The second problem is that in a pass, there can be multiple shaders living at the top-level of a stack (which I shall call “root” shaders). For instance, if you apply two volume shaders to a pass and then open the Render Tree of that pass, you’ll only see the latest volume shader. That’s another misleading aspect of the pass’s Render Tree. So it can be assumed a pass shader stack can have multiple “root” shaders, and each of them is entirely valid and must be exported if you want to fully export the pass shader stacks. The upshot is that the pass object act as a name space, just as a material: among all the shader stacks of a pass, no two shaders can share the same name. This is great, but that doesn’t solve our problem of multiple root shaders for a same stack.
Also, when importing a pass shader stack, using the typical ways of creating shaders and plugging them afterward worked for all but the “root” shaders. To import pass shader stacks, each shader had to have a “stackroot” flag in the XML file. When meeting such a flag, the script would not simply create the shader and plug it later, it would have to run the command that creates root shaders in stacks. This command is the only way to not destroy other existing root shaders!
Overrides pose an entirely different set of problems.
They are not materials, and they are not pass shader stacks, yet they can host complex networks of shaders. There also can be more than one override per partition! An override could not be handled as a material nor a pass. Materials, in my framework, were meant to be exported as single files, overrides needed to be exported in a pass file, along the shader stacks, partitions and render options. An override doesn’t have things like the material’s UsedBy property, it is a partition property.
Also, overrides on partitions are visible only in the current pass. I thought that this was case only in the GUI, but found out that this extends to the scripting interface. If you iterate the properties of a partition not of the current pass, you’ll never catch that partition’s overrides. The only solution was to use a low-level command such as FindObjects() to collect all overrides, which works, and then organise them by pass and by partition, to later write them to file along the partition that’s being written.
Using FindObjects() to collect overrides returned a lot more overrides that what I expected. All these overrides were named VisibilityOverrideXX (“XX” being a number). I basically found out that group objects (groups, layers, partitions) implement the parameter inheritance via an override. This override is created when a parameter of the group object is not set to “no effect on members”, but remain invisible at all times, except to commands like FindObjects(). This can be tricky, because you don’t want to export this override. However you never know when a user will create an override to disable a parameter like “viewvis”, and name this override “VisibilityOverride”. The only solution when such an override name is encountered is to check that the partition parameters all set to “no effect on members”.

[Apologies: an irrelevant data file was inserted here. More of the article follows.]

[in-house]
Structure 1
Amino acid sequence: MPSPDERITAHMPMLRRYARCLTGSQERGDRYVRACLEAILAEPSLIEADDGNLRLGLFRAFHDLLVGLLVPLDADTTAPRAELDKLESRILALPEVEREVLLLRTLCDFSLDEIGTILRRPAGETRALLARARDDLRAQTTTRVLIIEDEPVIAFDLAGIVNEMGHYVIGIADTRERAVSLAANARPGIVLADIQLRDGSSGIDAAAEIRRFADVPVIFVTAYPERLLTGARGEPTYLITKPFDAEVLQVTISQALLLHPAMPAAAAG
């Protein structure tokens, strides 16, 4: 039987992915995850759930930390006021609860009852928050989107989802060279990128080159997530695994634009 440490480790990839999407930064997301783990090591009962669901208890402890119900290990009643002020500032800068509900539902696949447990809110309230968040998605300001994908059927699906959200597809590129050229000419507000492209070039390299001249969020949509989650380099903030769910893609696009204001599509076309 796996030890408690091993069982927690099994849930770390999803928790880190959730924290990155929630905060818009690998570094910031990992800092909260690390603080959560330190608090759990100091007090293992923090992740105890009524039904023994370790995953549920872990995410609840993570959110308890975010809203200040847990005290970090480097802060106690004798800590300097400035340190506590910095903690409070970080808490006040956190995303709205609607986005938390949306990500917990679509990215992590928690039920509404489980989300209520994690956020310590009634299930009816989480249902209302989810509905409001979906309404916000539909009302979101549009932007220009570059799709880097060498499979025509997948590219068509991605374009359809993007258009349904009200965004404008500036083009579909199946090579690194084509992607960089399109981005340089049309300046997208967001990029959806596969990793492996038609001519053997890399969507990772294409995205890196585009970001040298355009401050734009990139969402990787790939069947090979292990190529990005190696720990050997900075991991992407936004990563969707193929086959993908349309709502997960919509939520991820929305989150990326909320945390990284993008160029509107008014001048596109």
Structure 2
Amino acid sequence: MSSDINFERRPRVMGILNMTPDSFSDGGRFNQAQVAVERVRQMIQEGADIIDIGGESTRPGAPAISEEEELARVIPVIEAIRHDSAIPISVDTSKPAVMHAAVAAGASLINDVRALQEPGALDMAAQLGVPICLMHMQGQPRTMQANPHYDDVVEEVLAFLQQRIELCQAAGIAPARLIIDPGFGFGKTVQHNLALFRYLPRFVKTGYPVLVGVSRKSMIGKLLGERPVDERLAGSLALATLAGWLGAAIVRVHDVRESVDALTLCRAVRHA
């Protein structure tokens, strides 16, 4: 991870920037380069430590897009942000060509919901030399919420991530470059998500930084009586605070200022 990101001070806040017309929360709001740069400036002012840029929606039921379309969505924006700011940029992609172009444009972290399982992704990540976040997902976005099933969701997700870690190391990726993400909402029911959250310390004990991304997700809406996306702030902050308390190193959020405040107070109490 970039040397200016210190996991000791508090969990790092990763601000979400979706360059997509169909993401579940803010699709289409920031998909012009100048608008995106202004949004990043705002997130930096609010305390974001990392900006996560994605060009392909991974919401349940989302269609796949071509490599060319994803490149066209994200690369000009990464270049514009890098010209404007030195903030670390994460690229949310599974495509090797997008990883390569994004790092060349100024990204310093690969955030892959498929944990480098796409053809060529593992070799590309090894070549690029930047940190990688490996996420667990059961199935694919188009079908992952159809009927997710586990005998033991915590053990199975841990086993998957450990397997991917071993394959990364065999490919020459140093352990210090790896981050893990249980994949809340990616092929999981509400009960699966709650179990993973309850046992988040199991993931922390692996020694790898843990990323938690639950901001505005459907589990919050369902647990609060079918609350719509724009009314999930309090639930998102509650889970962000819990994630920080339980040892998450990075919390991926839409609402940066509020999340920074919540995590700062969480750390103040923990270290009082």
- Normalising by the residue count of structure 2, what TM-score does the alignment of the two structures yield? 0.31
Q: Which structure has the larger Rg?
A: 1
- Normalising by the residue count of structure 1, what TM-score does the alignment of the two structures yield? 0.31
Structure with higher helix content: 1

But the biggest problem with overrides came with the import. This article is not about shader import (which may be covered in another article), but few things are worth mentioning.
You can’t add a parameter to an override if the parameter cannot be found in the partition members. The only way to add a parameter to an override is to use SIAddEntryToOverride(), which requires a parameter FullName string. My solution was not very elegant, and is not garanteed. Basically the code tries to find the parameter among the partition members. If find its, then good, the entry can be added. Otherwise, you’re out of luck. Materials are also tricky because the override parameter name doesn’t exactly reflect the real shader parameter FullName that has to be overridden. With elaborate string manipulation this can all be worked out, but this is slow and like I said, not very reliable.
Another annoying thing is that an entry added to an override cannot be accessed right away via the object model. At least that was the case in XSI 5.11 (I tried in 6.01 and it seems to work). For instance, the following code would raise an error: